Month: April 2020

The Champ is back! A story of a Father, his Son and the airplane that they share

Tailwheel Endorsement & Flight Review

As 2019 was winding down I received a telephone call from Joel Elliott. He had not flown for over twenty years. Was in need of a Flight Review, a Tailwheel Endorsement and more. The goal to fly the 1946 Champ that he had just restored.

Over the next three months he shared the story behind the airplane and the passion that had driven him to complete this tribute to his Father. As I was conceiving this post I asked Joel to put this story in writing. What follows is a wonderful story about a man, a family and the airplane that was part of their life.

N81927 circa 1963
Jacque Elliott circa 1963 or 1964

Jacque Elliott~The First Restoration

The earliest logbook entry I found was dated March 17, 1954.   Where or what the Champion had been doing between its roll out at the factory eight years earlier has been lost in time.  What I do know is that the entry shows it had an estimated total airframe time of 1500 hours and had been completely recovered with Grade A cotton and Butyrate dope.  Another interesting discovery was that aa “belly tank” had been installed which indicated it was used for aerial application.   

My father Jacque Elliott bought it from John Wells of the Central Valley Airport in Mercedes, Texas.  The original bill of sale shows my father bought it for $10 in 1962! 

From what my sister tells me, the plane was in pieces and my father restored it in the carport of our house and she remembers helping him brush on the Nitrate dope. He converted it to a “7DC” which allowed for the installation of a C-85-12F with an electric starter and a whopping 15-amp generator. This gave him the amperage to install position lights, radio and a landing light.   He had the wings covered by a local repair shop and had the wing tips “clipped” and a new factory approved set of fiberglass wingtips.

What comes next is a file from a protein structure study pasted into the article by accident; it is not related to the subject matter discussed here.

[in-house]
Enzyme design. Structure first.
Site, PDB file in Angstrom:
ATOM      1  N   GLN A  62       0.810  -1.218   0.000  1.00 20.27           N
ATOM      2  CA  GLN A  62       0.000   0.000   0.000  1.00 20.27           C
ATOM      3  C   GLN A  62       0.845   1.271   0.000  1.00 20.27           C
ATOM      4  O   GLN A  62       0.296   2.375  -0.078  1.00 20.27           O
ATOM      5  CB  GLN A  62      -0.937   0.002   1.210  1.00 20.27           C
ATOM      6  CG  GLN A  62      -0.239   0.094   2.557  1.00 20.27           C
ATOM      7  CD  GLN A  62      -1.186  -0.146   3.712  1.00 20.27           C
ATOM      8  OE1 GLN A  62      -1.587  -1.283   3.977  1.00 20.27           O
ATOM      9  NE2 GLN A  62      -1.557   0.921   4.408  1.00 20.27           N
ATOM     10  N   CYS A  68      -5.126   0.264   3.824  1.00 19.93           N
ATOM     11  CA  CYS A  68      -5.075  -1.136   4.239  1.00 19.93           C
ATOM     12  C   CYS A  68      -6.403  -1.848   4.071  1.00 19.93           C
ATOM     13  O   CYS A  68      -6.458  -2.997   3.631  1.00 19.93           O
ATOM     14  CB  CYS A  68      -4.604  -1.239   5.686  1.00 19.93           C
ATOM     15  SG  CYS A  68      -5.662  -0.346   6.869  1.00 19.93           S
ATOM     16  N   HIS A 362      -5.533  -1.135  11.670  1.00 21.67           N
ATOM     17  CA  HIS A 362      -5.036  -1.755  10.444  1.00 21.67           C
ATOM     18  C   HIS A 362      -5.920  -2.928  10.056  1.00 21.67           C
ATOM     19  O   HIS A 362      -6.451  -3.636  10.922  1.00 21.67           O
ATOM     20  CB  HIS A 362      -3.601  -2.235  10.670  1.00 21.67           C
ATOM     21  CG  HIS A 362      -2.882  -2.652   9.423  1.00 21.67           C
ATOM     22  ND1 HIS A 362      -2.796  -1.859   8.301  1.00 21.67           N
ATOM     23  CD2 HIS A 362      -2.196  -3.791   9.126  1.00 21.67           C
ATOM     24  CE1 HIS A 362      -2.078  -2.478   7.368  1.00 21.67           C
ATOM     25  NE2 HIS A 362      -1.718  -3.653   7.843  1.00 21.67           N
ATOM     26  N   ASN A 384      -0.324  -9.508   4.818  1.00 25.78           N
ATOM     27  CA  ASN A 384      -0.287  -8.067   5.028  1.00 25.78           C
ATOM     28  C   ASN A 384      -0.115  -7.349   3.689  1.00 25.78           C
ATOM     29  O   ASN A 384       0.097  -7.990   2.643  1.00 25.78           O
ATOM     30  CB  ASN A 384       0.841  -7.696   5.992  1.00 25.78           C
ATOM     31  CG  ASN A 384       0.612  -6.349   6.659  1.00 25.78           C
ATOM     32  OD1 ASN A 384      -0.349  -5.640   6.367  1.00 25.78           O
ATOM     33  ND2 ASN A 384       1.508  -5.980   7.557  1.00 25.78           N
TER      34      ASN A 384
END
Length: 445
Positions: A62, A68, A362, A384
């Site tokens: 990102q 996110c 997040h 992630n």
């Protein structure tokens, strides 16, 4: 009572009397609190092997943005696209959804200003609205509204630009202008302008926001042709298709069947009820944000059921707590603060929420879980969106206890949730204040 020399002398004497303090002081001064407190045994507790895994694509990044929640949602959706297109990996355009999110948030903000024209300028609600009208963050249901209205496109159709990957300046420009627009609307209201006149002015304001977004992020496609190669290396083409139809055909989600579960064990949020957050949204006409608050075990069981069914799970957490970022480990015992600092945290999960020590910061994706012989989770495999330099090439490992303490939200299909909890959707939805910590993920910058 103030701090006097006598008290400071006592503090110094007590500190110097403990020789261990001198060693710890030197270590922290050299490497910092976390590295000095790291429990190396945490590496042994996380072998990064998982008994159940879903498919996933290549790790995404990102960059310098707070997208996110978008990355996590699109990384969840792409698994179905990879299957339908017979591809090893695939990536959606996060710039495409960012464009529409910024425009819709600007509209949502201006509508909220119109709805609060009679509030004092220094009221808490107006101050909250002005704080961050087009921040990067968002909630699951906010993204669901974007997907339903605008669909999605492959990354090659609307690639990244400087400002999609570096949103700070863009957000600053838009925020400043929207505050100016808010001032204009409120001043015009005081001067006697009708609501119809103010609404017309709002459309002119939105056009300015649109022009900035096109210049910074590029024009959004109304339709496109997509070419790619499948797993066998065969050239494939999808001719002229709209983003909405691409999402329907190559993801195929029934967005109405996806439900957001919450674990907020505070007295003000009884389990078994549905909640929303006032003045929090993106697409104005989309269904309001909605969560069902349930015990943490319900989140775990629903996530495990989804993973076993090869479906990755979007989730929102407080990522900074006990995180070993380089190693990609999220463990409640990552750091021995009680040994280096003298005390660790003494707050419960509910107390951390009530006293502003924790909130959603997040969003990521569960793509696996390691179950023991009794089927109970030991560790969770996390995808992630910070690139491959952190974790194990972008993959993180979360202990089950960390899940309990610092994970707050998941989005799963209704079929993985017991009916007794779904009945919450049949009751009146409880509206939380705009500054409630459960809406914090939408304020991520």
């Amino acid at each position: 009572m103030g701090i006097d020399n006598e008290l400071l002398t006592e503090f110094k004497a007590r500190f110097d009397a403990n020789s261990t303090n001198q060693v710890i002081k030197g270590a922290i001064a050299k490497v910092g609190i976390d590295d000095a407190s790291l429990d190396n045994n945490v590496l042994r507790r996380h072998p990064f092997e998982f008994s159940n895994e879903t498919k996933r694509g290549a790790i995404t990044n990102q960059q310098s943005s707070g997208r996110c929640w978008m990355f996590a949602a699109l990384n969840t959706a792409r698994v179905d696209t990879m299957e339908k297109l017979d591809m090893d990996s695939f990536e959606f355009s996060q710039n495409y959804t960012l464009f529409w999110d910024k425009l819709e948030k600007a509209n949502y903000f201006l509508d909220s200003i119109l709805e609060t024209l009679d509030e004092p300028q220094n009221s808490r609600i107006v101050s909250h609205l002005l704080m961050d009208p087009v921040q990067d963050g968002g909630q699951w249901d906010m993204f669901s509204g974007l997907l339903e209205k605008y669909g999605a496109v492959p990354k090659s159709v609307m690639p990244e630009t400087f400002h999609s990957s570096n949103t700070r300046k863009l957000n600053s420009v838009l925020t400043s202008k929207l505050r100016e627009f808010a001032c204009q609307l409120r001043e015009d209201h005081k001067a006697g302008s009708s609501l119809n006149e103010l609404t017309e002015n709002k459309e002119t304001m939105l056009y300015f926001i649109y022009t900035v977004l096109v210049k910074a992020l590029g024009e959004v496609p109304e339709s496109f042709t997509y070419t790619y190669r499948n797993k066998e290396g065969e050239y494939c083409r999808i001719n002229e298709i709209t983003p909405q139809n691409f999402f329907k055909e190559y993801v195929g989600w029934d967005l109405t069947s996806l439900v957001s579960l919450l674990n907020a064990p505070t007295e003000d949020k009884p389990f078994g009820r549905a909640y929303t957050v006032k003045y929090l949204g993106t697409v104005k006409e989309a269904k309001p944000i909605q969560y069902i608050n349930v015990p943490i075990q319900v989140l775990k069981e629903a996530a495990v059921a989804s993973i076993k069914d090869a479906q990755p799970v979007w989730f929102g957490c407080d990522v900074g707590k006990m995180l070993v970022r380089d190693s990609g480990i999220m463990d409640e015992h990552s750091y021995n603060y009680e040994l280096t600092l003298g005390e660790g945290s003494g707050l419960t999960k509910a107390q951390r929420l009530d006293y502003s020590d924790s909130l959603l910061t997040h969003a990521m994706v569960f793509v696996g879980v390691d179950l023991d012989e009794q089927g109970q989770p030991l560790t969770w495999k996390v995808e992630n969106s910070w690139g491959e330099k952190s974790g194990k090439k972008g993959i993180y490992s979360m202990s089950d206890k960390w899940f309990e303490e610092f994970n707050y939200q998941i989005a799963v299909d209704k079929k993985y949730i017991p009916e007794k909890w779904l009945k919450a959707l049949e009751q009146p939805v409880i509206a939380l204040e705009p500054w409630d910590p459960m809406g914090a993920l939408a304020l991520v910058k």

I never thought to ask how he came up with the paint scheme, but he painted it with Randolph’s Tennessee Red and Juneau White.  He always had a “visual eye” which my own daughter got.   

I don’t know if it was his intention, but he used the Champ to tow his friend in his glider and as well as some banner towing. He flew up and down the state of Texas when Lyndon Baines Johnson was running for the United States congress. He also did aerial photography using a military surplus high-altitude camera from World War II for the county agricultural department.

Earliest Memories

Some of my earliest memories are of he and I going to the airport and going flying.  My mother didn’t seem to think anything about him taking a three-year-old out flying in a plane he restored in the carport.  Having been a Navy veteran serving as a tail gunner in SBD-3 Dauntless dive bomber’s at the Battle of the Coral Sea launching off the USS Lexington. Eventually, as an NCO flying Hellcats out Corpus Christi Naval Air Station must have given her faith in him and his flying abilities.  

We moved to North Texas in 1965 and the Champion came with us.   My father went to work for Southern Airways as a civilian pilot at Fort Walters, in Mineral Wells, teaching regular Army student pilots how to fly helicopters.  He made an arrangement with a local farmer to rent a pasture and we had our own air strip. He and I would go flying to Possum Kingdom dam and then to Rangerville, Texas for breakfast and then back home. My father installed an ultra-low volume spray unit on the Champ and sprayed pecans and cattle with Malathion.

At times, my sister and I would help my dad pull the wings off the plane, mount them on the pick-up truck and hook the tail up to the tow hitch and we’d pull the plane into town so he could do work on it at home. It all seemed to us to be perfectly normal yet looking back, we got a lot of strange looks from people.

At one point, my father came home and said that he’d been made an offer to trade the Champ for a boat.  There was a resounding “No way” from my sister and me.    “Doble” was like a brother to us. The Champ went everywhere we went as a family.  Our Champ had been given the name “Doble” pronounced like “noble”.   The story I was told is that when I was younger, I couldn’t pronounce my first name, Joel. It sounded more like “Doble” and So I named the Champ Doble.